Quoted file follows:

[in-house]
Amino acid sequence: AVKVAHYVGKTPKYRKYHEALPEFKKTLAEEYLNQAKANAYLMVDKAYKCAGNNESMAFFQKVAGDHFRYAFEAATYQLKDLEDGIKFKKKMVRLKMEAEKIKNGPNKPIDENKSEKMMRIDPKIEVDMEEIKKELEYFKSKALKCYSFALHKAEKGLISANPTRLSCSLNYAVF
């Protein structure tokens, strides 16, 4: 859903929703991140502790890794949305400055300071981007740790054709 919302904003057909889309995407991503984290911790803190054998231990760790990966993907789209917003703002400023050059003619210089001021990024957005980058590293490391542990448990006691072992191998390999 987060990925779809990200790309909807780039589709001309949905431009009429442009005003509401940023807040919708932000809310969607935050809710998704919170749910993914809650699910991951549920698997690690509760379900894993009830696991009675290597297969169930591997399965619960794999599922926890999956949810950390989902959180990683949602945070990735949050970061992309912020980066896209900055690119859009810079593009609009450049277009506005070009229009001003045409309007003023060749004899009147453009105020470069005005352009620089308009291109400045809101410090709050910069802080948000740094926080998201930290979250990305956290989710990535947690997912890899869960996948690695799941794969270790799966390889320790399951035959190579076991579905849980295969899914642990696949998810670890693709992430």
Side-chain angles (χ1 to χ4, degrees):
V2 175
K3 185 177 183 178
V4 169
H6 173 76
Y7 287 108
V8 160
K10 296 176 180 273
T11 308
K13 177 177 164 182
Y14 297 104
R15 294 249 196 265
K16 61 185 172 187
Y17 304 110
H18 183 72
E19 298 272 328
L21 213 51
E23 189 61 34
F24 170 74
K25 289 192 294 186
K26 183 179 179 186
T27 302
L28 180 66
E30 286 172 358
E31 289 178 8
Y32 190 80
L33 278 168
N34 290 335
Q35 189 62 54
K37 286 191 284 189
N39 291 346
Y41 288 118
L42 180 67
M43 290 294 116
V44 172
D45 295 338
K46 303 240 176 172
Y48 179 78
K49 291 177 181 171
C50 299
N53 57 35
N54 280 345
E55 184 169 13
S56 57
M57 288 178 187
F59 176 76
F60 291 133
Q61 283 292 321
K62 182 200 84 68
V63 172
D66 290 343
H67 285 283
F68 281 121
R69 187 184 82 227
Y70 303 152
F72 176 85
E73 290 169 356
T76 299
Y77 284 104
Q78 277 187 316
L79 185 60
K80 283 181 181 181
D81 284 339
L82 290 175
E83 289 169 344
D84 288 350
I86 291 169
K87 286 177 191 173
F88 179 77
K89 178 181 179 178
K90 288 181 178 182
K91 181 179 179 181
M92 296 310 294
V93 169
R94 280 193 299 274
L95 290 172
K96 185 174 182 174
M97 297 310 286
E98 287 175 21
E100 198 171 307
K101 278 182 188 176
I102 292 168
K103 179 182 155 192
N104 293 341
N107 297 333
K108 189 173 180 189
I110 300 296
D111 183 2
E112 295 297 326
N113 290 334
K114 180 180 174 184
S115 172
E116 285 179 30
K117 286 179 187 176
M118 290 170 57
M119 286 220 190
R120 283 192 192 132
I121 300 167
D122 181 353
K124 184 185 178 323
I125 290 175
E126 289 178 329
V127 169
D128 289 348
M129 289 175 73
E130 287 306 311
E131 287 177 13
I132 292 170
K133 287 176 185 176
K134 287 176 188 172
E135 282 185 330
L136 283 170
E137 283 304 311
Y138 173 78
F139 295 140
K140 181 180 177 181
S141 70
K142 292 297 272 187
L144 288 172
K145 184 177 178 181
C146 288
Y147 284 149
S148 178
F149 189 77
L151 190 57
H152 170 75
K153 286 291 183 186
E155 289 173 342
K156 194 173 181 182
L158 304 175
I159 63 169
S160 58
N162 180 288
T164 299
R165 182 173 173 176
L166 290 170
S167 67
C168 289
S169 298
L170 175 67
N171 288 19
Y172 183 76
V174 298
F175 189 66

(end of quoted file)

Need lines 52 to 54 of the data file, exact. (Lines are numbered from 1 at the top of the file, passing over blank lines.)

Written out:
K62 182 200 84 68
V63 172
D66 290 343